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Coal Woes (and NEPA)

Two recent NEPA cases illustrate both U.S. coal producers’ current woes and why those may soon get much worse.

Coal’s current troubles are illustrated first by Kentucky Coal Association v. Tennessee Valley Authority, filed on July 10, wherein the Kentucky Coal Association (“KCA”) sued TVA over alleged National Environmental Policy Act (NEPA) violations arising out of TVA’s decision to convert two 704 MW coal-fired units to natural gas. Times, they are a changing when the coal industry sues TVA – owner of the nation’s largest coal-fired fleet – for violating NEPA.

KCA complains that TVA improperly dodged preparation of a full-blown environmental impact statement, by concluding that switching these two units from coal to gas would not cause significant environmental impacts. In fact, KCA says that just adding the control technology necessary to meet EPA’s recent mercury and hazardous air pollutants (HAPs) rule is “the more environmentally sound approach” than switching to natural gas – which has virtually no mercury or HAP emissions at all.

But what really angers KCA is CO2: “TVA prejudged the outcome of the NEPA process in an attempt to ‘comply’ with President Obama’s Climate Action Plan, which lacks force of law”, and TVA “inappropriately elevate[d] carbon dioxide (CO2) emissions and related air quality issues above all other environmental impacts.” Not only did TVA “inappropriately” drag in CO2, but – and this is the best part — TVA failed to accurately assess the relative emissions of coal and gas plants: “Had TVA done so, it would have found that as the fugitive methane emissions from natural gas increase, natural gas loses any advantage over coal altogether on a lifecycle greenhouse gas (GHG) basis.” This is because “a best estimate of fugitive methane emissions from unconventional (i.e., hydraulic fracturing) natural gas production can be as high as 9% of total production.” While we (and most recent studies) tend to think the actual emissions number is much lower, we note that the use of “a best estimate” and “can be” together is the sort of verbal trickery the KCA would be all over if it was used by a climate scientist.

Wow. Strange enemies (KCA and TVA), meet strange bedfellows: The Kentucky Coal Association and the Center for Biological Diversity. We eagerly await further developments.

A June 27 decision from the federal district court in Colorado (High Country Conservation Advocates v. U.S. Forest Service) previews the second potential round of trouble for the coal industry. Judge R. Brooke Jackson held that if a federal agency did a cost-benefit analysis under NEPA, then the agency must either use the federal social cost of carbon (“SCC”) to value the cost of greenhouse gas emissions, or explain why it was inappropriate to do so.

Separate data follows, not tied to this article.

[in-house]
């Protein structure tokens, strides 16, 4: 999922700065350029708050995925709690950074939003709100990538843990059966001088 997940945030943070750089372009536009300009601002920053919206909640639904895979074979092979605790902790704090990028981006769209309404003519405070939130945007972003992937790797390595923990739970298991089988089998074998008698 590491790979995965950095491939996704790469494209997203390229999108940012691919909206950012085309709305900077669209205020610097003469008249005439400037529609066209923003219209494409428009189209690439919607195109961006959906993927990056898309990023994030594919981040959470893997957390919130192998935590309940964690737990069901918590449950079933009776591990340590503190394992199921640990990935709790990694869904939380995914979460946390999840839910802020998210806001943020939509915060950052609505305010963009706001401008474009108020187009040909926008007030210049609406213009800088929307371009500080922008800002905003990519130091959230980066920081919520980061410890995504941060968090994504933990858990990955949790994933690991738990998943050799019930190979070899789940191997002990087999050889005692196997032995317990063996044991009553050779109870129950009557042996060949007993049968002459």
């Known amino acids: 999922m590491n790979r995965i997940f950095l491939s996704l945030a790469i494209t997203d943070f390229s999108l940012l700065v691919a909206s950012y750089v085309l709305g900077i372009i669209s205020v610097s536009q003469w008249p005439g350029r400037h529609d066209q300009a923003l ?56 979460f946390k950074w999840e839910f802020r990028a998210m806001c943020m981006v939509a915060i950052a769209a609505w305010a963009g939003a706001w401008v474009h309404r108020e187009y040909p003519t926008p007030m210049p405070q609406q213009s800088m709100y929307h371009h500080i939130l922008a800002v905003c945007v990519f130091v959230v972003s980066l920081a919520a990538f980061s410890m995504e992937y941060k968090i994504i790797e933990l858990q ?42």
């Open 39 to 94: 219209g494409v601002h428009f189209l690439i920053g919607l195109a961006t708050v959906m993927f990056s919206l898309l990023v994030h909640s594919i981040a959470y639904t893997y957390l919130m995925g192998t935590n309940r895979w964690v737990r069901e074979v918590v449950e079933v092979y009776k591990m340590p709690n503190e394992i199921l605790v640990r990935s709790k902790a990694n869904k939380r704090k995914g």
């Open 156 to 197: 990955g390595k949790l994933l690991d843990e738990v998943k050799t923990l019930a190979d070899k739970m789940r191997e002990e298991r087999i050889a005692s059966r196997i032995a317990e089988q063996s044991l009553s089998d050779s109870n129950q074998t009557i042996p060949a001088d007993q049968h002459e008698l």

High County involved coal leasing on federal land, an increasingly sensitive issue. While NEPA requires weighing of the project’s “merits and drawbacks”, it does not explicitly require a monetary cost-benefit analysis. However, if – as here — the agency does such an analysis, the court held that it cannot dismiss the impacts of both methane released from mining and CO2 emissions from burning as “unquantifiable”. Noting that the SCC “was expressly designed to assist agencies in cost-benefit analyses” the court held that failure to either use the SCC (or explain why it was not appropriate) unjustifiably set the cost of these emissions at zero.

High Country could have enormous consequences for Powder River Basin coal. Most PRB coal is on federal land, and (due to its lower quality) PRB coal is extremely cheap ($12.50/ton) compared to bituminous ($44.50-$64.50/ton). When burned, a ton of PRB coal releases about 2 tons of CO2. Given the latest global SCC estimate of $33/ton, it will become increasingly difficult for the government to justify strip mining federal land for coal with a market value of $12.50 that will cause $66 in damage (not including the emissions associated with mining and transportation). Even using the much lower “domestic only” SCC, would make it questionable. Now, as the judge grapples with the question as to what exactly he should order the defendants to do to fix this violation, it is not surprising that the federal defendants have said that “the questions of what remedy is appropriate and what courses of action the Agencies may need to take are quite complicated and require policy decisions at high levels.”

It will also be interesting to see how this plays out in terms of coal companies’ asset valuation: As we have noted before, right now, coal companies are booking upwards of 40 years of PRB production from federal lands as assets; a true paradigm shift in U.S. coal policy would ensue if the Feds begin to exercise their rights to review/terminate these leases. (And just wait till the plaintiffs’ securities lawyers see –and understand — this.)

Stay tuned.